11 Creepy facts that show the making of the Exorcist was as disturbing as the movie itself
The tales surrounding the year-long shoot of “The Exorcist”, are almost as creepy as the movie itself. 9 people associated with the production died. Actors Jack MacGowran and Vasiliki Maliaros died before the film was evern released.
William O’Malley who played Father Dyer refers to this movie to students as the “pornographic horror film” he once did.
In the arteriogram hospital test scene, the bearded man who assists the doctor is Paul Bateson. He was an x-ray technician at NYU Medical Center where that scene was shot and managed to get that small part. In 1979, he was convicted of the murder of a film critic and was sentenced to 20 years in prison.
However, he bragged about and was a suspect in the murders of six men whom he said he picked up in gay bars, had sex with them and then murdered and dismembered their bodies and put them into plastic bags “for fun” in 1977 and 78. They were known as the “bag murders”. Although investigators believed his story, he was never officially charged and those murders have technically never been solved. Bateson was released from prison in 2004.
Actress Mercedes McCambridge, who provided the voice of the demon, insisted on swallowing raw eggs and chain smoking to alter her vocalizations. Furthermore, the actress who had problems with alcohol abuse in the past, wanted to drink whiskey as she knew alcohol would distort her voice even more, and create the crazed state of mind of the character. As she was giving up sobriety, she insisted that her priest be present to counsel her during the recording process.
At William Friedkin’s direction, McCambridge was also bound to a chair with pieces of a torn sheet at her neck, arms, wrists, legs and feet to get a more realistic sound of the demon struggling against its restraints. McCambridge later recalled the experience as one of horrific rage, while Friedkin admitted that her performance–as well as the extremes which the actress put herself through to gain authenticity–terrifies the director to this day.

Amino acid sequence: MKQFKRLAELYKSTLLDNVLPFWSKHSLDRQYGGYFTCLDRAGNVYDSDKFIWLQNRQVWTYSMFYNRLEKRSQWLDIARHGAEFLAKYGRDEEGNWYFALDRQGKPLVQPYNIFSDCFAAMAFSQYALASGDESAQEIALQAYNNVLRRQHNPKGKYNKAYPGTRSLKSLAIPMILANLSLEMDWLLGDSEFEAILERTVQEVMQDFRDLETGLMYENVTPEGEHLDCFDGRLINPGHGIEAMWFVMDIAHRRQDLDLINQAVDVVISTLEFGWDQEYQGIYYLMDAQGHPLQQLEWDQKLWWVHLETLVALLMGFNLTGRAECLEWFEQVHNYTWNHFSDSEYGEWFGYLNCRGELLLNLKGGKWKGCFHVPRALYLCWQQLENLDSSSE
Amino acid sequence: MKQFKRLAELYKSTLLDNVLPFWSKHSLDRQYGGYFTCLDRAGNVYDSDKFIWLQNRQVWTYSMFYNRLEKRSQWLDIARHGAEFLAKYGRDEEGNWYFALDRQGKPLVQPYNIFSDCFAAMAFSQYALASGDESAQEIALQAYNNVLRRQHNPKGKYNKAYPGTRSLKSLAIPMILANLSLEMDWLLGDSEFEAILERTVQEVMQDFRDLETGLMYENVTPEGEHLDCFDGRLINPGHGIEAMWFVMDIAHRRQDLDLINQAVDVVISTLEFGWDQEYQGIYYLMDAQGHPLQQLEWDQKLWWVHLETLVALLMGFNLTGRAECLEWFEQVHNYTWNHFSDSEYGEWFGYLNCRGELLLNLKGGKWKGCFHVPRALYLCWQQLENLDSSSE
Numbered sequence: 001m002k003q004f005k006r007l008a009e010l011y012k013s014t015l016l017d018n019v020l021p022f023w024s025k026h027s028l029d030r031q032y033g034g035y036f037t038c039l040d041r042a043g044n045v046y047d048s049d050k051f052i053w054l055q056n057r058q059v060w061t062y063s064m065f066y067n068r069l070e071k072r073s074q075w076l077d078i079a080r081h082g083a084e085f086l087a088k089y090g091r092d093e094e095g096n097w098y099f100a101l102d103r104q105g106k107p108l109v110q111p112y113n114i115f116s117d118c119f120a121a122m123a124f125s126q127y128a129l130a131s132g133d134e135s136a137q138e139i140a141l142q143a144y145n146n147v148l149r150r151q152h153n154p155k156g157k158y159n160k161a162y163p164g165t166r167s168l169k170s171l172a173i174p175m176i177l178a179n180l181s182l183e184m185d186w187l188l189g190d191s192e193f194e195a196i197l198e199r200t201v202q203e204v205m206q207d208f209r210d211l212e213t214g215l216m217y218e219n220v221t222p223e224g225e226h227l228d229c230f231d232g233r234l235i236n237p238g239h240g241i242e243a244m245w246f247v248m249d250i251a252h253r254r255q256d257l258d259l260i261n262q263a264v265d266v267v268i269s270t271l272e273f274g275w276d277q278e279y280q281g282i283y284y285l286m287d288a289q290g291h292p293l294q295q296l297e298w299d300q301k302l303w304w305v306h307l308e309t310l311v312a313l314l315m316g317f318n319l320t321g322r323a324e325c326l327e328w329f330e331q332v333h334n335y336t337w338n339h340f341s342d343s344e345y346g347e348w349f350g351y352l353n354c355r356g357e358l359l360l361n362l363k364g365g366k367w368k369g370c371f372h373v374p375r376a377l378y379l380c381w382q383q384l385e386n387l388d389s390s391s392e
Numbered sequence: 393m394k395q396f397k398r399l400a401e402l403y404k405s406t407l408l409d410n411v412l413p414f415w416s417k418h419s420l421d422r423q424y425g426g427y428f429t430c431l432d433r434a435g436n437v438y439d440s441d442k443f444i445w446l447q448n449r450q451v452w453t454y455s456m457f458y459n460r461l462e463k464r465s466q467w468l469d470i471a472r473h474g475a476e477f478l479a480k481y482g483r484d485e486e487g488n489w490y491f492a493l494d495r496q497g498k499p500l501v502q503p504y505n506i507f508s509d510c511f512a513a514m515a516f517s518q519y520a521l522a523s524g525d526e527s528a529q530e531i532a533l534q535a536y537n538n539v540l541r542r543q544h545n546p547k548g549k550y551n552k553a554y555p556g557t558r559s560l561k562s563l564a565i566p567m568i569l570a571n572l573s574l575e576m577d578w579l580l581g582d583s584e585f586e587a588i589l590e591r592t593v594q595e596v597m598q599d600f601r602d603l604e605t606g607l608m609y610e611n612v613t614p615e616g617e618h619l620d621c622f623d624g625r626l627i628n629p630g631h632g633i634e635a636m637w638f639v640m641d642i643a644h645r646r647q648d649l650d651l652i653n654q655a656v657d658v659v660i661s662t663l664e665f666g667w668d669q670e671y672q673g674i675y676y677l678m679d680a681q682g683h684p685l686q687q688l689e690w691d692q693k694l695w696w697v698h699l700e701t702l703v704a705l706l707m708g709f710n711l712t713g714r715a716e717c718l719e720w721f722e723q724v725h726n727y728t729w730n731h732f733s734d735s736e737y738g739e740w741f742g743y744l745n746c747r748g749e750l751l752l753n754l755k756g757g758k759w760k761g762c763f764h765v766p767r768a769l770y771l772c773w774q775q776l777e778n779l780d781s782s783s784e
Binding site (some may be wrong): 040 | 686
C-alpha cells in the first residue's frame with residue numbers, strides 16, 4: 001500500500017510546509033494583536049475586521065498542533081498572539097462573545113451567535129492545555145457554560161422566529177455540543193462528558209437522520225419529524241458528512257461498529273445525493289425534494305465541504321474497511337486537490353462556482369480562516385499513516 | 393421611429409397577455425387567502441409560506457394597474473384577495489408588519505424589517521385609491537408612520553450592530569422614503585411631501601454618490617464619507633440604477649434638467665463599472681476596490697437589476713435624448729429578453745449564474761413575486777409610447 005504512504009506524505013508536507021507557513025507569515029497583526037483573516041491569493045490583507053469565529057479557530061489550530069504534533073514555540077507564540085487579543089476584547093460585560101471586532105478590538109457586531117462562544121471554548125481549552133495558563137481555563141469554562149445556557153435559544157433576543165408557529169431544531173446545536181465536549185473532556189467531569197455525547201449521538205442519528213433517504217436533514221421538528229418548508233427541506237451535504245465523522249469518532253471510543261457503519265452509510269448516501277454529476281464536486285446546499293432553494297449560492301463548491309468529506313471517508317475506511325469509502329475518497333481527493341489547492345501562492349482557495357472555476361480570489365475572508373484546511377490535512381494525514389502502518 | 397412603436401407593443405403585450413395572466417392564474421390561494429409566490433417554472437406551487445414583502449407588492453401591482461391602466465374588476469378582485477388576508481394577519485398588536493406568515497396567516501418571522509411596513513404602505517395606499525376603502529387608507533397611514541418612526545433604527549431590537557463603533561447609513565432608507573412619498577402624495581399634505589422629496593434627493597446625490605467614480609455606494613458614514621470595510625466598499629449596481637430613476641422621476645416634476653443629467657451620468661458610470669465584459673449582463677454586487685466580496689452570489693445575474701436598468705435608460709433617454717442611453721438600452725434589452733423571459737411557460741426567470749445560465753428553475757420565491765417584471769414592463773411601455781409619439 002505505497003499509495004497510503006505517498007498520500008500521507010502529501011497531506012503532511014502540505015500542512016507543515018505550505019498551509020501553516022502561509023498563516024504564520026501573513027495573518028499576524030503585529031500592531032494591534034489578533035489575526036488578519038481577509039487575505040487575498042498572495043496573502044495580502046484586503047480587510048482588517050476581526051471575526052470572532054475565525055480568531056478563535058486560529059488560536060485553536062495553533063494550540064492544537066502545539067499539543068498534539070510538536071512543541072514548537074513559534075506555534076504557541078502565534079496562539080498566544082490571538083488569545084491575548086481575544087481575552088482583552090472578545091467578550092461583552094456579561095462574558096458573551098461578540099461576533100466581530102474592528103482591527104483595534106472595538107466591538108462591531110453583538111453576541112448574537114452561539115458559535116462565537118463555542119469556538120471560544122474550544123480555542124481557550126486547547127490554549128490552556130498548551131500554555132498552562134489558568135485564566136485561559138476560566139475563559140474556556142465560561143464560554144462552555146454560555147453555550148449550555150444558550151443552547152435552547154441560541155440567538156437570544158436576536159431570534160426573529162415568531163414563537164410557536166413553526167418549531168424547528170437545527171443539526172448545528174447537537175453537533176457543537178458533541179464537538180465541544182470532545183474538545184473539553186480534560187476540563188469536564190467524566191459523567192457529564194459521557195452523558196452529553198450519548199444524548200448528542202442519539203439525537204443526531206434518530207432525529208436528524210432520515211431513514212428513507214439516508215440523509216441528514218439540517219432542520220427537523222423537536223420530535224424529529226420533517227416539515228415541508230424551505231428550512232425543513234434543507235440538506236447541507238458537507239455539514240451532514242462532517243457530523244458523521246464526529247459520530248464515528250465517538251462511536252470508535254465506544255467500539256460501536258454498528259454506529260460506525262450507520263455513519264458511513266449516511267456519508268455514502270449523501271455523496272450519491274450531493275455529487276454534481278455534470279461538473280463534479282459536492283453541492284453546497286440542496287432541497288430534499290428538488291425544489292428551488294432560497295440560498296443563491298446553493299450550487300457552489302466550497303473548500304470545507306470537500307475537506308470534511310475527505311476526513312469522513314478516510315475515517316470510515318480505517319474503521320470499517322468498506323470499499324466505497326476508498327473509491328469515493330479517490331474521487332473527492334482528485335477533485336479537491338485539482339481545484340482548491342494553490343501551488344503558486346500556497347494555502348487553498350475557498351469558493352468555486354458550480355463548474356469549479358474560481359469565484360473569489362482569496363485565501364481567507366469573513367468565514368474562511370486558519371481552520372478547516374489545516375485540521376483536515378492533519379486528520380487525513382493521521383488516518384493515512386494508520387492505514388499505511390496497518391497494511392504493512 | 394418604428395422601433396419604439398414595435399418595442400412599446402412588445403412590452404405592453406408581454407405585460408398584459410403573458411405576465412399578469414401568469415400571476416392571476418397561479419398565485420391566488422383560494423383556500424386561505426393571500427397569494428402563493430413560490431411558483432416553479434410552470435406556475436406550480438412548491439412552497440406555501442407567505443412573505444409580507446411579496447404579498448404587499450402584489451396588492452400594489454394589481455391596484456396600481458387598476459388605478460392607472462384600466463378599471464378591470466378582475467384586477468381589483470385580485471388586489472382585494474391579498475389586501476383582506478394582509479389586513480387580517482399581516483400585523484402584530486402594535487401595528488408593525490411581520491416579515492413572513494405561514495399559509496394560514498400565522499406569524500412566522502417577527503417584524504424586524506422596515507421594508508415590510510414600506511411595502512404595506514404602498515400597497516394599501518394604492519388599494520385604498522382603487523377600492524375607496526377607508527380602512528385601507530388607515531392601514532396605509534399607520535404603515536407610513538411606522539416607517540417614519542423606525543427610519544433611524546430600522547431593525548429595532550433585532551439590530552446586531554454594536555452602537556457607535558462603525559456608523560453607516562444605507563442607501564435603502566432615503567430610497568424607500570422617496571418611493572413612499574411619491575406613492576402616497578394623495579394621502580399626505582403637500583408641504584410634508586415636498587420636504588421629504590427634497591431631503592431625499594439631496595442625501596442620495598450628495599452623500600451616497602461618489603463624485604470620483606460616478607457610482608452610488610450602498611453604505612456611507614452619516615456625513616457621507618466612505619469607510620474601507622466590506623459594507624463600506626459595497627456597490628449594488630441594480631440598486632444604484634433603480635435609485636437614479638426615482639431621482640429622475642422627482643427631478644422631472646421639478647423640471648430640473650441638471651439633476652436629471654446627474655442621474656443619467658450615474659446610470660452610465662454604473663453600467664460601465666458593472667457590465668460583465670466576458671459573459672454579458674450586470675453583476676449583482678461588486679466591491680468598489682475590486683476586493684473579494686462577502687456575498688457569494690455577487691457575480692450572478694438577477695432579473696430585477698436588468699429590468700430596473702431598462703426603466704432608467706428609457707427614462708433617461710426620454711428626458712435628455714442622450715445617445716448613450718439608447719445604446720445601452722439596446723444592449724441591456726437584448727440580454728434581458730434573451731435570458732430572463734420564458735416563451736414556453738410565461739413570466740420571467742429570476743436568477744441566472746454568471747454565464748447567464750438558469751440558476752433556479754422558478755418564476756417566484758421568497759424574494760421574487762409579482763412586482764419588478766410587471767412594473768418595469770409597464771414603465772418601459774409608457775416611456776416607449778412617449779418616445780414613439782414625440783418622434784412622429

Director William Friedkin eventually asked technical advisor Thomas Bermingham to exorcise the set. He refused, saying an exorcism might increase anxiety. Rev. Bermingham wound up visiting the set and gave a blessing and talk to reassure the cast and crew.
Ellen Burstyn received a permanent spinal injury during filming. In the sequence where she is thrown away from her possessed daughter, a harness jerked her hard away from the bed. She fell on her coccyx and screamed in pain.
Director William Friedkin went to some extraordinary lengths to get realistic reactions from the cast. He fired off guns behind the actors to get the required startled effect. When Father Dyer is attempting to administer last rites to Father Karris, Friedkin was not satisfied after several takes. He took William O’Malley aside and asked, “Do you trust me?” O’Malley said yes just in time to get slapped across the face. Friedkin immediately said, “Action!” and the result is in the film. He even went so far as to put Linda Blair and Ellen Burstyn in harnesses and have crew members yank them violently.
Before starting the exorcism, Father Merrin asks Chris whether her daughter has a middle name. In the Middle Ages Catholics used to give their children several names as they believed it would hinder Satan from finding out child’s real name and controlling one’s soul.
On the documentary “Raising Hell: Filming The Exorcist” included with the 2010 Extended Director’s Cut, author William Peter Blatty reminisces that the supernatural/demonic sequences did not inspire patrons to flee theater, nor were they responsible for nausea in the aisles. The scene in which Regan undergoes carotid angiography, using direct carotid puncture and pneumoencephalography was the moment in the Exorcist which upset theatergoers. This procedure entails cerebrospinal fluid being drained to a small amount from around the brain and replaced with air, oxygen, or helium to allow the structure of the brain to show up more clearly on an X-ray picture.
Due to death threats against Linda Blair from religious zealots who believed the film “glorified Satan”, Warner Bros. had bodyguards protecting her for six months after the film’s release.
Linda Blair injured her back when a piece of the rig broke as she was thrown about on the bed.
On the first day of filming the exorcism sequence, Linda Blair’s delivery of her foul-mouthed dialogue so disturbed the gentlemanly Max von Sydow that he forgot his lines.
The sound of the demon leaving Regan’s body is actually the sound of pigs being herded for slaughter. This alludes to a story in the New Testament where Jesus cast out several demons, collectively called Legion, from a man and transfers them into the bodies of pigs. The pigs are then drowned, similar to Father Karris dying after accepting the demon.
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